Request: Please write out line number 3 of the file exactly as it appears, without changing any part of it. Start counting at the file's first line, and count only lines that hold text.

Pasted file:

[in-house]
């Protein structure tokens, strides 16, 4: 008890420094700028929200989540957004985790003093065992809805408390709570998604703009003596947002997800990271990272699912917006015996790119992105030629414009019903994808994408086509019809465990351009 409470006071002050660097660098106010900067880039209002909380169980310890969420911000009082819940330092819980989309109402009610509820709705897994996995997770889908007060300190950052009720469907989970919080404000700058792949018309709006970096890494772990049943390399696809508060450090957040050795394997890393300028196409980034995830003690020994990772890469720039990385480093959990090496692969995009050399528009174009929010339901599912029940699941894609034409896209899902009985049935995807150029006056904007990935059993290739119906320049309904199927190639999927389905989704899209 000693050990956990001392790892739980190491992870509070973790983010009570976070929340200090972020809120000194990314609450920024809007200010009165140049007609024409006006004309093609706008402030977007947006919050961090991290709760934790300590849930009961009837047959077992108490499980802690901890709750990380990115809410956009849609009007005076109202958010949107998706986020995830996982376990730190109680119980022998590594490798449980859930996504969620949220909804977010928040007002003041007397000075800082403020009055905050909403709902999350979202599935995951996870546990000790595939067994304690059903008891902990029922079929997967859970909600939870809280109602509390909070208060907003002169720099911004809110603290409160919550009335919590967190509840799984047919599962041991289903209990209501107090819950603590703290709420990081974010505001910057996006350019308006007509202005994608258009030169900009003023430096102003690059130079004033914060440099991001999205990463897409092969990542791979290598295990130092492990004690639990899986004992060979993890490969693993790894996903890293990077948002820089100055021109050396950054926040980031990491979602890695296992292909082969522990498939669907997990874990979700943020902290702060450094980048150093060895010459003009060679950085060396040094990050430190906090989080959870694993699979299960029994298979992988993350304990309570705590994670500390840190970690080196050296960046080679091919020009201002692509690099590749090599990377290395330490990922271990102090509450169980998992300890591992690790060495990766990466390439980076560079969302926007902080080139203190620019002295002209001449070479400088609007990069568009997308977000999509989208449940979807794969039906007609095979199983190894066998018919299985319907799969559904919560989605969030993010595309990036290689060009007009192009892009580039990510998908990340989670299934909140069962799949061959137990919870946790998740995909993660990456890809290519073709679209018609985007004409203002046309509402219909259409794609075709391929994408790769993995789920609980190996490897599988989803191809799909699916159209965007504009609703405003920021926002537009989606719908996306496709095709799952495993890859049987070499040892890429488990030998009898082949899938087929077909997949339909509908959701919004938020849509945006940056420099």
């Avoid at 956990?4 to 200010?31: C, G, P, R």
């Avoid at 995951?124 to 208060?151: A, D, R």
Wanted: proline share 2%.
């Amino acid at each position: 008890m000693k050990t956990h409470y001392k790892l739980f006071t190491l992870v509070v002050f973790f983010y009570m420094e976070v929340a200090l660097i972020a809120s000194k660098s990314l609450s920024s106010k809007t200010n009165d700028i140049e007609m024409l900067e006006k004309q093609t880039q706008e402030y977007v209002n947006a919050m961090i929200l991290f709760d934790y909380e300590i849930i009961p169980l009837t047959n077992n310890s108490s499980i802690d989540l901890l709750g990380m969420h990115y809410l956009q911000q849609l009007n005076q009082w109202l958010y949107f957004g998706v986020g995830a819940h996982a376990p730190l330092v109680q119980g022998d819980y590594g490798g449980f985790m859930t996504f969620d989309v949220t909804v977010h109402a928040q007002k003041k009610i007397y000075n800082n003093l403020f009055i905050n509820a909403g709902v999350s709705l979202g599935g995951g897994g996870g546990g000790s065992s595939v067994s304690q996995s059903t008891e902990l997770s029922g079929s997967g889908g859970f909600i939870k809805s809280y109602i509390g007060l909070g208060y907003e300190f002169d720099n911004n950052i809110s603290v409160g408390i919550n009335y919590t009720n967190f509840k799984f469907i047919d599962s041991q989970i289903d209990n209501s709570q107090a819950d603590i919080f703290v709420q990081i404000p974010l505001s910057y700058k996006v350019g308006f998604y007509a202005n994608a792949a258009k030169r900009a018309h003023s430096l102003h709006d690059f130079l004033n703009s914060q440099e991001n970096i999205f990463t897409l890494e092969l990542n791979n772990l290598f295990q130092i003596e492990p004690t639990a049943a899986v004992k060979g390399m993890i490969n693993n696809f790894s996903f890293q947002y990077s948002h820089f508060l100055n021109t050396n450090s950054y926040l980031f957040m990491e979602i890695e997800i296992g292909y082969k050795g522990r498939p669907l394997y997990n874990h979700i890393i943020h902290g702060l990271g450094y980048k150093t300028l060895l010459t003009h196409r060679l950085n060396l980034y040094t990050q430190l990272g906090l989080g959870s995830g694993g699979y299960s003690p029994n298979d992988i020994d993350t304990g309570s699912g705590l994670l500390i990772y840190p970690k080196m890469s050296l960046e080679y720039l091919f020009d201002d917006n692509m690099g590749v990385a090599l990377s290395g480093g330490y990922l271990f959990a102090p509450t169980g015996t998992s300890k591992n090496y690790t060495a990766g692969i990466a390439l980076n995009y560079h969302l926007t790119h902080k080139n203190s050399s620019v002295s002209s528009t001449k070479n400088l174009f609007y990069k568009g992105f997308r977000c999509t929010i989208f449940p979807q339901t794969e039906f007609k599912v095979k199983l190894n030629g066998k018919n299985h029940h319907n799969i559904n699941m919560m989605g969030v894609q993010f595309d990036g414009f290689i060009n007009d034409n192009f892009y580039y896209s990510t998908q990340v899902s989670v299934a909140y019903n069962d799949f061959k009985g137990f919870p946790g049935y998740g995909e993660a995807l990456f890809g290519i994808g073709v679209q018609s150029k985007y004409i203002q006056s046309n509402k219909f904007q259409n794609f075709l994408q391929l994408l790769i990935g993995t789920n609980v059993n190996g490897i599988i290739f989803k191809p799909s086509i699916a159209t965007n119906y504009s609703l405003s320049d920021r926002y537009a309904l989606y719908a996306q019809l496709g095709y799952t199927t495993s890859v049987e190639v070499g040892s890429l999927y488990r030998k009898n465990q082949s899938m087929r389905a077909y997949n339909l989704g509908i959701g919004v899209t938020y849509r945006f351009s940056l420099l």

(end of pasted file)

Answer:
């Avoid at 956990?4 to 200010?31: C, G, P, R």